THE Borders is facing the worrying situation that while it may be the Scottish region with the highest percentage of its population over the age of 65, it is lagging way behind the rest of Scotland when it comes to the diagnosis of dementia.
Statistics reveal that only 40 per cent of those estimated to be suffering from dementia in the Borders have actually had it confirmed by a medical diagnosis.
That means that of the approximately 1,800 dementia sufferers that are believed to exist in the Borders, only a little over 700 have had the disease confirmed by a doctor. It means there could be more than 1,000 dementia sufferers trying to cope at home either by themselves or with the support of a family member as a carer.
Such is its concern over the situation, that Alzheimer Scotland intends launching a localised campaign in the Borders at the beginning of next month to try to raise public awareness of why it is important for anyone worried about loss of memory or finding themselves frequently confused, to make an appointment to see their GP.
There will also be a conference staged in Kelso on October 6, organised jointly between Alzheimer Scotland, NHS Borders and Scottish Borders Council.
Stephen Fox, Alzheimer Scotland’s Borders resource worker, says the region appears to be trailing behind almost everywhere else in Scotland when it comes to diagnosis rates for the illness.
“There is real concern that levels of diagnosis of dementia here in the Borders are falling behind national averages – indeed we now appear in the bottom league,” he told TheSouthern this week.
“There are agreed regional prevalence rates, generated by Alzheimer Scotland and the Scottish Executive, and these have proved correct in all other parts of the country, so we must assume that they are also correct for the Borders.
“Why levels of diagnosis are lower in the Borders than the rest of Scotland is the subject of much debate – reasons could include low levels of public awareness; a lack of acceptance that this is an illness and not just normal ‘forgetful old age’ and a view of why diagnose when ‘apparently’ little can be done about the disease.
“But this is a situation that requires change, and indeed, the Scottish Executive is expecting to see change in the Borders.
“There is now a Scottish Borders Dementia Strategy agreed between NHS Borders, SBC and Alzheimer Scotland and which has at its heart a service open to all who need support.”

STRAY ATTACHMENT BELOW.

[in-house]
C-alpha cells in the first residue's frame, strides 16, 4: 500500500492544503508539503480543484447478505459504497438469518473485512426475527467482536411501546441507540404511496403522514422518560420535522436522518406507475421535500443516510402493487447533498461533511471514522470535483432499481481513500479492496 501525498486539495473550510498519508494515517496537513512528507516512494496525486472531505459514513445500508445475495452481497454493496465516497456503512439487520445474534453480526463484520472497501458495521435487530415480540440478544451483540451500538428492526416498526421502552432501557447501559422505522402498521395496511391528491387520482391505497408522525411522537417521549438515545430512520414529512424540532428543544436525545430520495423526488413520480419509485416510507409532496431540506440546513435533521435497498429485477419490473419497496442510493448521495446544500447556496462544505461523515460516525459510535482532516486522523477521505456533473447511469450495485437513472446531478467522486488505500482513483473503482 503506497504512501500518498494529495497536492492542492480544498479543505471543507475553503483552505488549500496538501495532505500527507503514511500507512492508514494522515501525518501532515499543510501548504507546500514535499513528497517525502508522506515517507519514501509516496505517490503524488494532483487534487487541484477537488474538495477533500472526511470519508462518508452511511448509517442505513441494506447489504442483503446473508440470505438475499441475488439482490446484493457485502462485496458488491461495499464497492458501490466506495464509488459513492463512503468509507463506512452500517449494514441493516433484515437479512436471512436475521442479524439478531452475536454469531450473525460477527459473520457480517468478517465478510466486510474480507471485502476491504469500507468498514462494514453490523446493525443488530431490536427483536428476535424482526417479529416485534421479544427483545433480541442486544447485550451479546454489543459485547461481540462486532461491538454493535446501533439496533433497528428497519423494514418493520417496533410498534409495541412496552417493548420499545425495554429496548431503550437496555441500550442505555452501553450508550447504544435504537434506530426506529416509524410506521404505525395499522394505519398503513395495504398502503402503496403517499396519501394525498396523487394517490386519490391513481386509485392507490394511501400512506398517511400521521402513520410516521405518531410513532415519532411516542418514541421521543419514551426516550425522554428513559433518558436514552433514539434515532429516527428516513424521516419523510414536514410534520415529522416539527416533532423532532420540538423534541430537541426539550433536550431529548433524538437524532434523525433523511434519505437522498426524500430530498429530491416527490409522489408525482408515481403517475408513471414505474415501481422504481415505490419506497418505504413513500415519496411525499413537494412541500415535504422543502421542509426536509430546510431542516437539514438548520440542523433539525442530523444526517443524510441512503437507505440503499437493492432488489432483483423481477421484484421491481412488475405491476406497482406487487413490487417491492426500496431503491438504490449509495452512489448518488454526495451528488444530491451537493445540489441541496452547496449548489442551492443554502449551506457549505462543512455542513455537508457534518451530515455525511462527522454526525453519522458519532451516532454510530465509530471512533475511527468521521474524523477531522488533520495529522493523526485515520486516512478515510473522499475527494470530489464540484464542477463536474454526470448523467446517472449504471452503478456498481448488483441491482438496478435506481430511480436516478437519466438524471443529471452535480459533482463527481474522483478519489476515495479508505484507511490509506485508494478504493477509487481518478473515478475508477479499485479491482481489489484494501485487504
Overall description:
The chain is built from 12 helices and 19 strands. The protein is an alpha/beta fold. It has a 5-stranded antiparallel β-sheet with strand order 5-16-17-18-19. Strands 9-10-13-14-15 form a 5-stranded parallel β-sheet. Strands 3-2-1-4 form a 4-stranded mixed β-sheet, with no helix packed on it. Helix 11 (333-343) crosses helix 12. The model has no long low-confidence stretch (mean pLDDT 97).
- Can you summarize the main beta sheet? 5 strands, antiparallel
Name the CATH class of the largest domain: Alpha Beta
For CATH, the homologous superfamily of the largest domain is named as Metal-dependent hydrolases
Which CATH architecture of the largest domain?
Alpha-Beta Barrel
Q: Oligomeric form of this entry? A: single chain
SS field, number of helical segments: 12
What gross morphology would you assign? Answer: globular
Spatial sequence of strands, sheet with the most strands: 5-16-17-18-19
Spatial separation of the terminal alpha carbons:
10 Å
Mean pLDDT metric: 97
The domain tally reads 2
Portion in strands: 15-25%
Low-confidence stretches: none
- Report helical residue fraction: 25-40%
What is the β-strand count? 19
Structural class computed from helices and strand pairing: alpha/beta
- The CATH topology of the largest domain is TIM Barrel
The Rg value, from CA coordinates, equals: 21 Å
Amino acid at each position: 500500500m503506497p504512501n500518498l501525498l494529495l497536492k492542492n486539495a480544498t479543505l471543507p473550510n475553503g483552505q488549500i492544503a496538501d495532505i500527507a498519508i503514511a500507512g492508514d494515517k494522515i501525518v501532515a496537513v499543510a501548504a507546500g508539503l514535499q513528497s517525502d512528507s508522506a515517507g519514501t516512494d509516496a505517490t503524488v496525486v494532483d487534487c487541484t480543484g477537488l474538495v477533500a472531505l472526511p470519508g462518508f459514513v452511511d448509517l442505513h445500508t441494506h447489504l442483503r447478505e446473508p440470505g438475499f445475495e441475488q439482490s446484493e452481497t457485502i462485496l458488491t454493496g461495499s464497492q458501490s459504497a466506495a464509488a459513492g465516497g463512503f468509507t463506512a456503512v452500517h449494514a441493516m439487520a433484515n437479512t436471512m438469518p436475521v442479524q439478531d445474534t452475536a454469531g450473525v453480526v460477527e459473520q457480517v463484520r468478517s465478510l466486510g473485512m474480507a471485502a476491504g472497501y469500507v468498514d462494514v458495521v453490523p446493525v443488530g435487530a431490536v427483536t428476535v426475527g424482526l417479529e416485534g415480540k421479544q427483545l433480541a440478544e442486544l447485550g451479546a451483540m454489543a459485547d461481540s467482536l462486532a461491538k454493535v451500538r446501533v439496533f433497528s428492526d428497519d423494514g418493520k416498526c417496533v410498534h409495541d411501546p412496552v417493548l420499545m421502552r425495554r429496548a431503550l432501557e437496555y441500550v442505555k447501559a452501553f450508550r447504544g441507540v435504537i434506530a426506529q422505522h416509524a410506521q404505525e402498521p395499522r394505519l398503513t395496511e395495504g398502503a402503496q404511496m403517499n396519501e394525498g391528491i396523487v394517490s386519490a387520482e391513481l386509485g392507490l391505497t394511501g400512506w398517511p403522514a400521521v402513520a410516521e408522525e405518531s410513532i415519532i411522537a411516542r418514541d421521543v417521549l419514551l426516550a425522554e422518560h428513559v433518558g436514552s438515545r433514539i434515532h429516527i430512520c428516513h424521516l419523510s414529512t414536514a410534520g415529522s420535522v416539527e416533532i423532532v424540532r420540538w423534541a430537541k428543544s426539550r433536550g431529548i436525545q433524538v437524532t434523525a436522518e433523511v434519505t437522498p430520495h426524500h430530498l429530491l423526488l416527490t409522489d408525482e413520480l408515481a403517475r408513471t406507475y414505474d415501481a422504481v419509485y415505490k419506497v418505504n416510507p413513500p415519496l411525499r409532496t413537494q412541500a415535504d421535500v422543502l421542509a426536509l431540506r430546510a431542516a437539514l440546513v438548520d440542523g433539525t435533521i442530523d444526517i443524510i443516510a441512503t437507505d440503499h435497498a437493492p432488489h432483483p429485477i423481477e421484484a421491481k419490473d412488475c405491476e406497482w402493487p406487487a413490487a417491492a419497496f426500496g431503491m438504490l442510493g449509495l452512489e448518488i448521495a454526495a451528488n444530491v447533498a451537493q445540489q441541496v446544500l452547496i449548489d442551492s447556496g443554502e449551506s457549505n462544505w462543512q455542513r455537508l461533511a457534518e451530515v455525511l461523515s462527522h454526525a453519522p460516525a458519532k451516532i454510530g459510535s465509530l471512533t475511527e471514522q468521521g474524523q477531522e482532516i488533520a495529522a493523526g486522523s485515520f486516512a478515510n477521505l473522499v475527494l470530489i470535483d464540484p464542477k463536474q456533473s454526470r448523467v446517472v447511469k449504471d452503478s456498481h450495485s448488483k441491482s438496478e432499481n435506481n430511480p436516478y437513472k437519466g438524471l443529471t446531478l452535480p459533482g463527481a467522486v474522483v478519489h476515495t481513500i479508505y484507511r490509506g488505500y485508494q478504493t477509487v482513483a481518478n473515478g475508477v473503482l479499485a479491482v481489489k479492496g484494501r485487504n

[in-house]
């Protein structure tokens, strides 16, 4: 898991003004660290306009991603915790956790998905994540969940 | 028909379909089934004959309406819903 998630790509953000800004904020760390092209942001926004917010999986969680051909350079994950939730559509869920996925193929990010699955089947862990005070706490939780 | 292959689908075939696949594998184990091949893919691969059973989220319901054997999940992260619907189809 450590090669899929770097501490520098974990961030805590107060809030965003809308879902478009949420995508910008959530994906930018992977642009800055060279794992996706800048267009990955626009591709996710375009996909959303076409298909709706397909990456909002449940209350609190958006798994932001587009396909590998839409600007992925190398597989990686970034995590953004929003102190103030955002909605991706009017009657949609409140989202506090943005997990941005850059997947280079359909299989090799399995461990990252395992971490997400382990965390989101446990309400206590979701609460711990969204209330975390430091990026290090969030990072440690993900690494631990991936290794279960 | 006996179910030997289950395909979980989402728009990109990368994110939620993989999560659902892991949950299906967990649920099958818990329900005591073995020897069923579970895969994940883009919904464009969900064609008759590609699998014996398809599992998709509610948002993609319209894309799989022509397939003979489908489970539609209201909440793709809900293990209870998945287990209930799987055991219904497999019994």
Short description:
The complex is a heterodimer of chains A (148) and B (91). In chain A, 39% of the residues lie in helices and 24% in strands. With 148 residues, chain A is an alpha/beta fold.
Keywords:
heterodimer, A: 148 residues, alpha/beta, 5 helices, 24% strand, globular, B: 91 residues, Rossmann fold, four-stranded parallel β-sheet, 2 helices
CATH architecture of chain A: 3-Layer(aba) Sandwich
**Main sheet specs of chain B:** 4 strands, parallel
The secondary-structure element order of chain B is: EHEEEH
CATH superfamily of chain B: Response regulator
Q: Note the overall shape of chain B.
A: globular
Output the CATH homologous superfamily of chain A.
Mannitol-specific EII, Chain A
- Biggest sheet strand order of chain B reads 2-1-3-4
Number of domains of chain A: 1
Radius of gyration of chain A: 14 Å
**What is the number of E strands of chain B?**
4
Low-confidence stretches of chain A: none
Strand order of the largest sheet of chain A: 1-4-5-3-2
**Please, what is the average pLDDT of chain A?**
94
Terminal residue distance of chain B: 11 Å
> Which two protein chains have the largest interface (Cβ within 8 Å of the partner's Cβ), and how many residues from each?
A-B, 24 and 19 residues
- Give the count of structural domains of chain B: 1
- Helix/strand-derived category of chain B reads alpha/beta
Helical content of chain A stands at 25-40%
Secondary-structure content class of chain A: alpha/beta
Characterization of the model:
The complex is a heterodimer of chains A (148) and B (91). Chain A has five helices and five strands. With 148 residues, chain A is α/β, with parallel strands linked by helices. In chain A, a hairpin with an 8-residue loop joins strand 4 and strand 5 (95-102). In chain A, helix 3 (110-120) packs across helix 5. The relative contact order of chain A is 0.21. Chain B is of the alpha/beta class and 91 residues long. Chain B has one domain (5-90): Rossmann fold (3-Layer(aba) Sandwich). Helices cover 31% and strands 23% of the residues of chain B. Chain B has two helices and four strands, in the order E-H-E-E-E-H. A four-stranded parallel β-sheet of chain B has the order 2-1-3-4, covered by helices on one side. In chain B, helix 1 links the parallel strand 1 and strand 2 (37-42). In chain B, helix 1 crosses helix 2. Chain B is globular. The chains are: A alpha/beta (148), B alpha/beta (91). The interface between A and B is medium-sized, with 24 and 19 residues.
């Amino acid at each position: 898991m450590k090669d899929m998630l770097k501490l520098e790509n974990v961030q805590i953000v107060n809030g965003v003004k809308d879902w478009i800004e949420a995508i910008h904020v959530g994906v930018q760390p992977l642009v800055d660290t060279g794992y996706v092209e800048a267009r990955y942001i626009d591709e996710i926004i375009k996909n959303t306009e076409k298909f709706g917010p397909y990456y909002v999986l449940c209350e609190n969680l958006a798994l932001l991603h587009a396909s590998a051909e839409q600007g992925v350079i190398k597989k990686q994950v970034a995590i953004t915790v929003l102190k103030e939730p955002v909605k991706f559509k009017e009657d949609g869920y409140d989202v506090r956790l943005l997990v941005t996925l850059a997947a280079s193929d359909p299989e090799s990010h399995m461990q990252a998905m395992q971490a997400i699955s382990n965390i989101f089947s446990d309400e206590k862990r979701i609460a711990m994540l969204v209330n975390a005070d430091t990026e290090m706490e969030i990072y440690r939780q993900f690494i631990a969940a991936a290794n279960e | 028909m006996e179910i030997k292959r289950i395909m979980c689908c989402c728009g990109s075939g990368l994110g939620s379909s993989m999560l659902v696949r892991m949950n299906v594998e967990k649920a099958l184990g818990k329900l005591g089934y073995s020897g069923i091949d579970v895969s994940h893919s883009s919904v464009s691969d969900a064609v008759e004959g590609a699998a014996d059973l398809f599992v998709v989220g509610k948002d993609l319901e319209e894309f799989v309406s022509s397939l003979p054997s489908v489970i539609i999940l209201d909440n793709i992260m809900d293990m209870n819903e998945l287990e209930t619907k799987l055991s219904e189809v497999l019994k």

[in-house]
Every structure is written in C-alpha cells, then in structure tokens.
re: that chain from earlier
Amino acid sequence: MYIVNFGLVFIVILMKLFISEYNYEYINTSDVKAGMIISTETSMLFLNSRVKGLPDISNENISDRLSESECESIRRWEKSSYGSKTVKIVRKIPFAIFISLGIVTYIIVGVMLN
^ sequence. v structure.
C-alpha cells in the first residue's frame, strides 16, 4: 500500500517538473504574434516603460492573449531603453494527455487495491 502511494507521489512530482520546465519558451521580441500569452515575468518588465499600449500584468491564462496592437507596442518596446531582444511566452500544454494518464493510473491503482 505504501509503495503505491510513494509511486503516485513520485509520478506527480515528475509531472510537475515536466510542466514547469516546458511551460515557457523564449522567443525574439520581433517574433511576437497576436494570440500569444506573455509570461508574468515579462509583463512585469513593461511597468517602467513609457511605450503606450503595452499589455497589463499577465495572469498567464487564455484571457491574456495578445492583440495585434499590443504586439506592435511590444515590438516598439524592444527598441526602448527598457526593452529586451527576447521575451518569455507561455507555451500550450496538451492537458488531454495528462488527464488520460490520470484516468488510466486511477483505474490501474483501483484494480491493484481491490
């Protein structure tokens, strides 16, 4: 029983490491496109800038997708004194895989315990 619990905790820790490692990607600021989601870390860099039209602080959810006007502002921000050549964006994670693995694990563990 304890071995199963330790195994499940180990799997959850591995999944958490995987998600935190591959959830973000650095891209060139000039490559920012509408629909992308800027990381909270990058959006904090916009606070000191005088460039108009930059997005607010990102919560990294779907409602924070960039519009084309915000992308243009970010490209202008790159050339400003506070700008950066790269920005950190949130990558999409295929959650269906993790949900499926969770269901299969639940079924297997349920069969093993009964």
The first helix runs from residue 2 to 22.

And Mr Fox pointed out that there is another hidden crisis developing in the Borders as far as dementia is concerned.
“Family carers are the core of the service and unless there is a diagnosis these carers are marginalised and not included in the expanding support network.”
Jane Douglas, speaking on behalf of the Borders Dementia Strategy Partnership, commented: “We are pleased that Alzheimer Scotland is raising this issue. Diagnosis is a most important and complex issue and it is true that rate of diagnosis is lagging in the Borders.
“People may become aware that their memory or their partner’s memory is failing, but may not know what to do about it or whether there is anything they can do.
“Raising awareness and providing information of what to do is therefore very important. It is also the case that some people are reluctant to seek a diagnosis.
“The Borders Dementia Strategy has been devised by a wide group of agencies, and subjected to public consultation. A primary objective is to raise awareness about dementia and diminish the stigma which surrounds its diagnosis.”
NHS Borders’ medical director, Dr Ross Cameron, said the organisation recognised the challenging issues around the early diagnosis and management of people with a dementia that it faced in achieving the national target.
And he added it was undertaking a range of activities to ensure dementia is responded to as a priority across the organisation and as a result says NHS Borders’ performance in meeting the target was gradually improving.
But Mr Fox issued a warning: “The Borders is in the middle of service development for dementia sufferers and without the corresponding diagnosis rates, resources will not be ploughed into that development.”